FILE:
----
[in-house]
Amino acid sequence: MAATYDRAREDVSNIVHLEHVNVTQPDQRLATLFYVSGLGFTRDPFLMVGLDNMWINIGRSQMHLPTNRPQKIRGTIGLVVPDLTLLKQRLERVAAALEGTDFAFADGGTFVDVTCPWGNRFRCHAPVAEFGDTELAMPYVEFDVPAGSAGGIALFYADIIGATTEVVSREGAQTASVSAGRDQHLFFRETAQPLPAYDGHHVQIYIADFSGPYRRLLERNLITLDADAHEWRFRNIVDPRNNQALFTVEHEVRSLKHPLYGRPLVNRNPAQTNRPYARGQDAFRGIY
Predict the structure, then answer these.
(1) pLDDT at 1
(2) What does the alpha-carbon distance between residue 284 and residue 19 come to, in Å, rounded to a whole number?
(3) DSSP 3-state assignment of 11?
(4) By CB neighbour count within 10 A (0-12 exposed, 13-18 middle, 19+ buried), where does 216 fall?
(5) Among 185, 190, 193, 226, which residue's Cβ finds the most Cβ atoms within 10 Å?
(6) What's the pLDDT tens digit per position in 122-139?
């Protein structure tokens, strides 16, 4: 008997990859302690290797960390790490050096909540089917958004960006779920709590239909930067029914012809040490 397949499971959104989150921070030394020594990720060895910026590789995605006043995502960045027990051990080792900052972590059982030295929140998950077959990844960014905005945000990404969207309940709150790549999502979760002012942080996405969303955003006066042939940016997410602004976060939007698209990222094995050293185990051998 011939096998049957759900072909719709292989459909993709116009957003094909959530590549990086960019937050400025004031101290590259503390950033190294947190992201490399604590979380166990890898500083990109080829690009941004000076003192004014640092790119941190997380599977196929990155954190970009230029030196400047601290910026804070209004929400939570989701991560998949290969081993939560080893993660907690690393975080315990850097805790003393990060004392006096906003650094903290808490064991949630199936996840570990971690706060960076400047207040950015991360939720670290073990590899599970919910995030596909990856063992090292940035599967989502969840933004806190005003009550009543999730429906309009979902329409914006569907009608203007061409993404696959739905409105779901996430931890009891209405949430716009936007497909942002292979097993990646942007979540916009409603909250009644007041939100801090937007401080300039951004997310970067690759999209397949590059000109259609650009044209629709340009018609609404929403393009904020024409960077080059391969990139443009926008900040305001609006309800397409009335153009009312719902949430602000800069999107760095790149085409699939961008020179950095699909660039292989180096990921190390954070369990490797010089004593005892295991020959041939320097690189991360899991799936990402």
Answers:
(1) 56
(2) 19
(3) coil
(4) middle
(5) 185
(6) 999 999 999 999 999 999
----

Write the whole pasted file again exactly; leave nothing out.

[in-house]
Amino acid sequence: MAATYDRAREDVSNIVHLEHVNVTQPDQRLATLFYVSGLGFTRDPFLMVGLDNMWINIGRSQMHLPTNRPQKIRGTIGLVVPDLTLLKQRLERVAAALEGTDFAFADGGTFVDVTCPWGNRFRCHAPVAEFGDTELAMPYVEFDVPAGSAGGIALFYADIIGATTEVVSREGAQTASVSAGRDQHLFFRETAQPLPAYDGHHVQIYIADFSGPYRRLLERNLITLDADAHEWRFRNIVDPRNNQALFTVEHEVRSLKHPLYGRPLVNRNPAQTNRPYARGQDAFRGIY
Predict the structure, then answer these.
(1) pLDDT at 1
(2) What does the alpha-carbon distance between residue 284 and residue 19 come to, in Å, rounded to a whole number?
(3) DSSP 3-state assignment of 11?
(4) By CB neighbour count within 10 A (0-12 exposed, 13-18 middle, 19+ buried), where does 216 fall?
(5) Among 185, 190, 193, 226, which residue's Cβ finds the most Cβ atoms within 10 Å?
(6) What's the pLDDT tens digit per position in 122-139?
């Protein structure tokens, strides 16, 4: 008997990859302690290797960390790490050096909540089917958004960006779920709590239909930067029914012809040490 397949499971959104989150921070030394020594990720060895910026590789995605006043995502960045027990051990080792900052972590059982030295929140998950077959990844960014905005945000990404969207309940709150790549999502979760002012942080996405969303955003006066042939940016997410602004976060939007698209990222094995050293185990051998 011939096998049957759900072909719709292989459909993709116009957003094909959530590549990086960019937050400025004031101290590259503390950033190294947190992201490399604590979380166990890898500083990109080829690009941004000076003192004014640092790119941190997380599977196929990155954190970009230029030196400047601290910026804070209004929400939570989701991560998949290969081993939560080893993660907690690393975080315990850097805790003393990060004392006096906003650094903290808490064991949630199936996840570990971690706060960076400047207040950015991360939720670290073990590899599970919910995030596909990856063992090292940035599967989502969840933004806190005003009550009543999730429906309009979902329409914006569907009608203007061409993404696959739905409105779901996430931890009891209405949430716009936007497909942002292979097993990646942007979540916009409603909250009644007041939100801090937007401080300039951004997310970067690759999209397949590059000109259609650009044209629709340009018609609404929403393009904020024409960077080059391969990139443009926008900040305001609006309800397409009335153009009312719902949430602000800069999107760095790149085409699939961008020179950095699909660039292989180096990921190390954070369990490797010089004593005892295991020959041939320097690189991360899991799936990402």
Answers:
(1) 56
(2) 19
(3) coil
(4) middle
(5) 185
(6) 999 999 999 999 999 999